Bates College President A. Clayton Spencer, right, talks Monday night with Pulitzer Prize-winning author Elizabeth Strout about her new book, “Olive, Again” at the Olin Arts Center on the Lewiston campus. Russ Dillingham/Sun Journal Buy this Photo

LEWISTON — For Elizabeth Strout, the Pulitzer Prize-winning author born and raised in Maine, her writing routine involves “making a mess.”

Every seat at Olin Arts Center on the campus of Bates College in Lewiston was full Monday night as College President Clayton Spencer, right and Bates grad and Pulitzer Prize winner, Elizabeth Strout, author of “Olive Kitteridge,” talked after Strout read a segment from her newest book, “Olive, Again.” Russ Dillingham/Sun Journal Buy this Photo

“I think if you write a book from beginning to end, it comes across too wooden,” Strout told a sold-out audience Monday night at the Bates College Olin Arts Center. “I write by scenes. If I can make a scene that’s real, I leave it on the table. If I don’t, it gets tossed on the floor. Eventually, the scenes that have a heartbeat will start to connect.”

Strout read three pages from her new book, “Olive, Again,” a sequel to her 2008 Pulitzer Prize-winning book, “Olive Kitteridge.”

The first half of the evening was dedicated to a conversation between Strout and Bates President A. Clayton Spencer, who asked about her new novel, her writing process and why she decided to return to the character of Olive Kitteridge 11 years after she introduced her to the world.

Strout said she was at a cafe in Norway, “the country, not the town,” when “Olive just showed up to me.”

“I said, ‘Wow, look at you!” Strout said as the audience laughed. “I wrote it down, because I know enough about Olive that she needs to be dealt with immediately, once she shows up.”

Later Monday night, while taking questions from the audience, Steve Meister asked Strout how she “becomes another person” while writing.

Every seat at Olin Arts Center on the campus of Bates College in Lewiston was full during Monday night’s conversation between Bates College President Clayton Spencer and Elizabeth Strout, the Pultizer Prize winning author of “Olive Kitteridge,” during her reading of a segment of her newest book, “Olive, Again.” Russ Dillingham/Sun Journal Buy this Photo

Strout said since she was young, she has always wanted to know how it felt to be another person.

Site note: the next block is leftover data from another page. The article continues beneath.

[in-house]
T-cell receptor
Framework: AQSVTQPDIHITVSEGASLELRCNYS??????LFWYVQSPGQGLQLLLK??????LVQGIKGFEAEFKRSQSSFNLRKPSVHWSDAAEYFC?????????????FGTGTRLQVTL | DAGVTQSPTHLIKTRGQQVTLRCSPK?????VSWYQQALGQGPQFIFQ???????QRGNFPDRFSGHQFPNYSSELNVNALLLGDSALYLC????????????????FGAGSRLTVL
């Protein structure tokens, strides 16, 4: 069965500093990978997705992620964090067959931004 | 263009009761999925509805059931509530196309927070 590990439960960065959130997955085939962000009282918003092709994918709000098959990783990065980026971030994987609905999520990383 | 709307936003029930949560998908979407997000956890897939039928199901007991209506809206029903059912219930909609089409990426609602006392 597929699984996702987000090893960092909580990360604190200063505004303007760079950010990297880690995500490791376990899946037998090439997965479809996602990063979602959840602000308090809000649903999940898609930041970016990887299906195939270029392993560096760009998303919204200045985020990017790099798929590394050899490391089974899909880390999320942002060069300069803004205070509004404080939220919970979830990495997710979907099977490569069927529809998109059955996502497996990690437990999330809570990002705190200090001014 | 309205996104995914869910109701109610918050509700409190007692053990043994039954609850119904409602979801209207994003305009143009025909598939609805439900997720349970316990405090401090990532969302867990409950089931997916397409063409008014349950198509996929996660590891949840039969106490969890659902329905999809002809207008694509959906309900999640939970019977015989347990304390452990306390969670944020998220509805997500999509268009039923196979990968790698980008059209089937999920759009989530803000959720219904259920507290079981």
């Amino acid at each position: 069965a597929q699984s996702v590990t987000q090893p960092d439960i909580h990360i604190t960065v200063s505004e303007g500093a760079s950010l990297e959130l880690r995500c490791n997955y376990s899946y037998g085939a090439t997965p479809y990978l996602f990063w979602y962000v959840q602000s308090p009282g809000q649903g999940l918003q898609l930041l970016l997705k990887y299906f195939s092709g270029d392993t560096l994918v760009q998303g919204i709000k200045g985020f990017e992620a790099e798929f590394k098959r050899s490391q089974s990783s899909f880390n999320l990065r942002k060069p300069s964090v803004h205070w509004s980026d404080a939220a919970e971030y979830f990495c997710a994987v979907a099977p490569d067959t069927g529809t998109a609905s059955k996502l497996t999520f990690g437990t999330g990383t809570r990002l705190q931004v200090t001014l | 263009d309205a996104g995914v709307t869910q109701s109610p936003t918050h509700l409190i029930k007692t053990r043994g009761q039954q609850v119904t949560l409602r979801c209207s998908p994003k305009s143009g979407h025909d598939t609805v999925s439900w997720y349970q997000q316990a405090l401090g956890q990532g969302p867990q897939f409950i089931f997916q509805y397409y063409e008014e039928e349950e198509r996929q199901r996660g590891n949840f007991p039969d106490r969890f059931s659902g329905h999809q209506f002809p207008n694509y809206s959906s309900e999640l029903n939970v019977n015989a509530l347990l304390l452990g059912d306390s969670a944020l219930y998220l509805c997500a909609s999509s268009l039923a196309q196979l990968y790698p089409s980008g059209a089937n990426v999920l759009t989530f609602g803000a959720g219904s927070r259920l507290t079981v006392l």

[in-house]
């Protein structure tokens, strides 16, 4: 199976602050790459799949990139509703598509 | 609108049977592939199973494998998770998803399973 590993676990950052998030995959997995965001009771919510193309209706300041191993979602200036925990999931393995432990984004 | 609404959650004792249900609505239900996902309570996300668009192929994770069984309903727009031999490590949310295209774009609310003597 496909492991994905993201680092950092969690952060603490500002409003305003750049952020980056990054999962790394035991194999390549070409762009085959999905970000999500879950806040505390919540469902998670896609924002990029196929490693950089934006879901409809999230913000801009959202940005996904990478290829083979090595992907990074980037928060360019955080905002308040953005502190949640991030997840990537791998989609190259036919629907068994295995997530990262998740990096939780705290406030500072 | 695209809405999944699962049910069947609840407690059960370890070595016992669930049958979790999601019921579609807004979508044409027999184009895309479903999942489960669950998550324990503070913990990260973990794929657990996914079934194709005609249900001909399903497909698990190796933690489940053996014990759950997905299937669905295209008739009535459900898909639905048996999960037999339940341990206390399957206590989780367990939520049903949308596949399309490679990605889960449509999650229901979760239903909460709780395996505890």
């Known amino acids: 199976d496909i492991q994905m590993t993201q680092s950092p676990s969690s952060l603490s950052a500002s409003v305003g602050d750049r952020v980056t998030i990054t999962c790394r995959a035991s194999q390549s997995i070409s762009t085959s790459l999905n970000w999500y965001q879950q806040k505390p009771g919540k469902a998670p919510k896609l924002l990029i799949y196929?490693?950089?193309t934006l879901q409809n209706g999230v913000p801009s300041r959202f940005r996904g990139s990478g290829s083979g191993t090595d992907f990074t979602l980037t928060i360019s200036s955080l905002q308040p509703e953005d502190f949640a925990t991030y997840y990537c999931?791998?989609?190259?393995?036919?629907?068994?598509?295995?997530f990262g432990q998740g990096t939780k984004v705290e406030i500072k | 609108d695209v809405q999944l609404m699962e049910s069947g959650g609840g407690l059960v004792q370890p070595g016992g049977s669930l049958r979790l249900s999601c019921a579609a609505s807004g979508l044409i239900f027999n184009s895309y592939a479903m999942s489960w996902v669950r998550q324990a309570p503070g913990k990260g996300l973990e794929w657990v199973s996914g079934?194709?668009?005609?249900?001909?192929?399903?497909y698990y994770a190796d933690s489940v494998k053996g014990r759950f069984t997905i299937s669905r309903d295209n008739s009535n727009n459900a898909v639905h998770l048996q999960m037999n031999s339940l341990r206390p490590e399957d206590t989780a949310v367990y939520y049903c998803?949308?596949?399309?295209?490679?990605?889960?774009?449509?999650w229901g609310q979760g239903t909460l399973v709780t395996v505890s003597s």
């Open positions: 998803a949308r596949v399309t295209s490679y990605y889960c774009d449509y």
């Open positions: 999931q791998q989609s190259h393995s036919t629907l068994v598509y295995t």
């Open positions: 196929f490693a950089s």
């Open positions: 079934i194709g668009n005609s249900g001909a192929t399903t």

Every seat at Olin Arts Center on the campus of Bates College in Lewiston was full Monday night as College President Clayton Spencer, right and Bates grad and Pulitzer Prize winner, Elizabeth Strout, author of “Olive Kitteridge,” talked after Strout read a segment from her newest book, “Olive, Again.” Russ Dillingham/Sun Journal Buy this Photo

“I was really young when I realized I’ll only see things from my own eyes,” Strout said. “I was so frustrated by that, and I still am. It’s become the engine that propels me forward. I’ve always listened and observed people unbelievably carefully.”

She said fiction “gives us a chance to understand what it’s like to be another person.”

Gov. Janet Mills, seated in the front row, next to Strout’s husband, Jim Tierney, asked Strout if she had advice for young, aspiring writers who may be in the audience.

“If you really want to be a writer, you just do it, and you keep doing it, and you never, ever stop doing it,” Strout said. “I would also keep my mouth shut about it, because I don’t think people take you seriously if you say, ‘I’m going to be a writer.’ People just look at you like, ‘Oh.’”

She said aspiring writers should “write, and read, and write, and read, and don’t stop.”

For the final question of the evening, a woman fittingly asked Strout how she knows she has finished a book.

“I just know,” Strout said without pause. “So much of what I do is intuitive. I just know.”

 


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